“Now who are you?” the production manager asked.
Mike Lizaraga had just joined the set of his first film where a crew of about 50 people prepared to bring the characters from one of his short stories to life.
He watched as the production manager worked her way around the room, assigning people their jobs for the day.
Then she turned to Mike. He was one of the first on the set that morning and one of the last to leave. But who was he?
“I’m the screenwriter,” he responded, unsure of his role in the process but determined to witness the magic.
I had an opportunity to sit down with Mike in that universal office of all writers, Starbucks. He spots me as soon as he walks in and heads straight for my table. As I clear up my own writing that I had been working on, he confesses that he is a bit nervous for this interview.
He has interviewed plenty of others, he says, but this would be the first time he is the subject of an interview. Don’t worry, I assure him. This will be the first of many. And I believe that.
Mike and I had just met last week to discuss the current story he is working on, so we were pretty caught up on the important points of each others’ lives. So after setting him up with a regular coffee and me with a juice (I am determined to break myself of my mocha frappuccino addiction!), we jump right in.
He remembers it all starting in third grade when a writing assignment triggered his desire to tell stories. Students were required to write a short story and then read it in front of the class. He not only read that story, but he continued to write and to ask to read more of his stories for the rest of the year.
“Mike has a story,” became a popular refrain. He laughs at the memory.
Once that fire was ignited, it didn’t take long for Mike to find his niche in horror stories, mostly thanks to his uncle’s fascination with monsters. Time spent with his uncle meant time spent with his uncle’s collection of all things monster. Never a big reader, Mike admits, he was particularly drawn to the images, especially those in comic books. Those images inspired him with endless stories.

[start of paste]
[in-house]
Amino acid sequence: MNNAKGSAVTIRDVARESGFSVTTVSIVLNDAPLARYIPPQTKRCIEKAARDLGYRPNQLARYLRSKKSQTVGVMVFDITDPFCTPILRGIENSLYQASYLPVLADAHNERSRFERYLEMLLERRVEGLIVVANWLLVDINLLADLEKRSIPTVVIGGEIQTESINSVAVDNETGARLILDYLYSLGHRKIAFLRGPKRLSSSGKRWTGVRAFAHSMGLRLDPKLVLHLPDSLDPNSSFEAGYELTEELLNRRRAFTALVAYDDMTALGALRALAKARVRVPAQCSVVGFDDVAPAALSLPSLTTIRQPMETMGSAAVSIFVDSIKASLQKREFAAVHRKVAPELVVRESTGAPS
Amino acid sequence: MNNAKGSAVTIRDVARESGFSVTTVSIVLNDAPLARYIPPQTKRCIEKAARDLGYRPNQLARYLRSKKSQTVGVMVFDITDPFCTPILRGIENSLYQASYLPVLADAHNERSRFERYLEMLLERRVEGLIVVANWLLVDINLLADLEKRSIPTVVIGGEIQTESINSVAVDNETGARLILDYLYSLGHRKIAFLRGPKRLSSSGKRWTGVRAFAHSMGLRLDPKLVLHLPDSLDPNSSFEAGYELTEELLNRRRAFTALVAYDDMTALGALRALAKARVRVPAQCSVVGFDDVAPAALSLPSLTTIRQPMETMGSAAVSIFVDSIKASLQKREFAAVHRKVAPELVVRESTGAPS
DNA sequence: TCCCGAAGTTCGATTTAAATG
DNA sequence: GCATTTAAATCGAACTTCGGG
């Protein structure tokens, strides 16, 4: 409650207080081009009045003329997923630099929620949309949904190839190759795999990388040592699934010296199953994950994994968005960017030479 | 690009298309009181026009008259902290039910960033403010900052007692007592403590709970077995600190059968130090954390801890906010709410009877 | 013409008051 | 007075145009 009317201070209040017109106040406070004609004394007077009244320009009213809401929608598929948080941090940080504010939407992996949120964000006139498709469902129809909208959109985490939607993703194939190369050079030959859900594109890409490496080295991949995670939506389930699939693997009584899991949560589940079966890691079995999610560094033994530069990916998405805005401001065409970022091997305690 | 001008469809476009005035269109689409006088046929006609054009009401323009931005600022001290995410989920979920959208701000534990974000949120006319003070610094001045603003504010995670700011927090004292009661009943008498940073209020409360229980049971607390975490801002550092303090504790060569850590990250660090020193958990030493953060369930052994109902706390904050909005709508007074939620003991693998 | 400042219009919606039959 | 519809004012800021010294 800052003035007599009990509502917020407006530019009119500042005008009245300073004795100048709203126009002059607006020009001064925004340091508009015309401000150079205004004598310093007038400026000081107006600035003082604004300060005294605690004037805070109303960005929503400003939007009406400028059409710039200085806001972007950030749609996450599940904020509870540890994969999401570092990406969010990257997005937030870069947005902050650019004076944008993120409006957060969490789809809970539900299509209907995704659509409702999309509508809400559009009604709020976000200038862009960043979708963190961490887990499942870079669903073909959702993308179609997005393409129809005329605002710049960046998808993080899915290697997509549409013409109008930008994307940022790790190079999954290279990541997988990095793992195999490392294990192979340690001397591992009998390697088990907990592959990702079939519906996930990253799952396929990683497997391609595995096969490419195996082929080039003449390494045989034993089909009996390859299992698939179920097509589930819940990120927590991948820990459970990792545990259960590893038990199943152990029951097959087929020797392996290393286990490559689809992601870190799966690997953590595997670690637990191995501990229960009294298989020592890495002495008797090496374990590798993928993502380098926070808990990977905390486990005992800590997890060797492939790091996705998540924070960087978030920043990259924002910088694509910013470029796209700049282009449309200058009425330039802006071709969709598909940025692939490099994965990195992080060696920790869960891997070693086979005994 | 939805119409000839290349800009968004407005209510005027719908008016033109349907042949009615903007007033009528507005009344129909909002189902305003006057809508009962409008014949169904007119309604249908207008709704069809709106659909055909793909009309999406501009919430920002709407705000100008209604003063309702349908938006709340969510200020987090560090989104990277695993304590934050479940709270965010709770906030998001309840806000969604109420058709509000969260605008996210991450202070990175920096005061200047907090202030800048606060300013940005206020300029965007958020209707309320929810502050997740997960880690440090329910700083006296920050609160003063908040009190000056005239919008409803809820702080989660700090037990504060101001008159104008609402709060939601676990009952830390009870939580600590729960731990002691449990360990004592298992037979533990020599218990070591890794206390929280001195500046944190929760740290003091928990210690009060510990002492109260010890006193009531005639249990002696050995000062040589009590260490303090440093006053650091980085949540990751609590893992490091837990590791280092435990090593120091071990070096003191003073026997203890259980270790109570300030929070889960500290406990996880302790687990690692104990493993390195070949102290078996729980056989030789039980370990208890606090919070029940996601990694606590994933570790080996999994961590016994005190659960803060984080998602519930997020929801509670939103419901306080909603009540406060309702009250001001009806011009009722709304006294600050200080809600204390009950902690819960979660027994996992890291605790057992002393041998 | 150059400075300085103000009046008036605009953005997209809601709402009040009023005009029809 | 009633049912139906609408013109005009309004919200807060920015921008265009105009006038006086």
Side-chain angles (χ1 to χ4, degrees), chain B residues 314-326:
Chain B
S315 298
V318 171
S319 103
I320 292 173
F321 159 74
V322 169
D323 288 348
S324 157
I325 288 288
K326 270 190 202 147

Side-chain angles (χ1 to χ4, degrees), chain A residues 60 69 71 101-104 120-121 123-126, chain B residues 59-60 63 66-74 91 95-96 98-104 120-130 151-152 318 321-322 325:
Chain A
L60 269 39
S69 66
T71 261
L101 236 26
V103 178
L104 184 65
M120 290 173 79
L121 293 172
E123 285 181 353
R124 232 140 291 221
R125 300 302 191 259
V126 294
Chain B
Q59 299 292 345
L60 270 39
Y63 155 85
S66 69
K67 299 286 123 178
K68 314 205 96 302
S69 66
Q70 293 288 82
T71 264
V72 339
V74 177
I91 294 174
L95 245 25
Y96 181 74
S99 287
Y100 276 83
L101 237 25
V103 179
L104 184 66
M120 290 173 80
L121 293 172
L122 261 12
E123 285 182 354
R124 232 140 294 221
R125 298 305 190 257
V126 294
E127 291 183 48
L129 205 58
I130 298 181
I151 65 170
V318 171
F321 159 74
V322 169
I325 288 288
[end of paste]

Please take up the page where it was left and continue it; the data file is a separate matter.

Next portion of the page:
But along with story telling comes the writing. And writing, he explains, is not his strongpoint. He may not think that this is where his talent lies, but he had developed it enough by 2012 to get his story “The Seashell” published in Schlock!. Little did he know that this would be just the first step for this little horror story.
In the meantime, with the confidence of that publication, he continued writing and continued to publish his stories. He met with writers groups. He attended film festivals and visited conventions populated by heroes of the horror genre.
And when people continue to press forward, continue to work towards their goals, that is when the magic starts. Unfortunately, most people give up before they reap the fruits of their efforts. Or people don’t recognize the opportunities that exist as we make our way though each day. But that is not Mike.
Serendipity – Where the Magic Happens
Last September while Mike was in Orange County with some friends, he decided to attend the 5:00 PM service of the sister church to the one he attends. After the service, a young lady introduced herself to him. In the conversation that followed, she mentioned that she is a film producer. And Mike told her that he is a writer. Further discussion revealed their common interest in the horror genre. So Mike gave her his card before heading home.
Networking has to be a natural part of life in this business.
To his surprise, she followed up and requested a few of his stories. It turned out that she was a film student at Chapman University. At first, Mike wasn’t sure what to think about that, but he researched the school and was impressed with what he learned.
She invited him to the set of a movie she was currently producing so that they could talk more about the possibility of turning one of his stories into a film.
“This was my first time on a movie set. And this was the real deal,” he was happy to discover. The two pulled up a seat at a mock bar, and negotiated for which of three of his stories would be best for production. The final decision was “The Seashell,” which would be renamed “The Shell.”
The film would be a project for Chapman University, who would provide the funding, and the crew would be students. She let Mike know that she would be giving the story to a screenwriter as soon as possible.
But Mike, despite his lack of experience, instinctually said “No.” He wanted to write the screenplay. He had never written a screenplay, but he felt strongly about tackling this.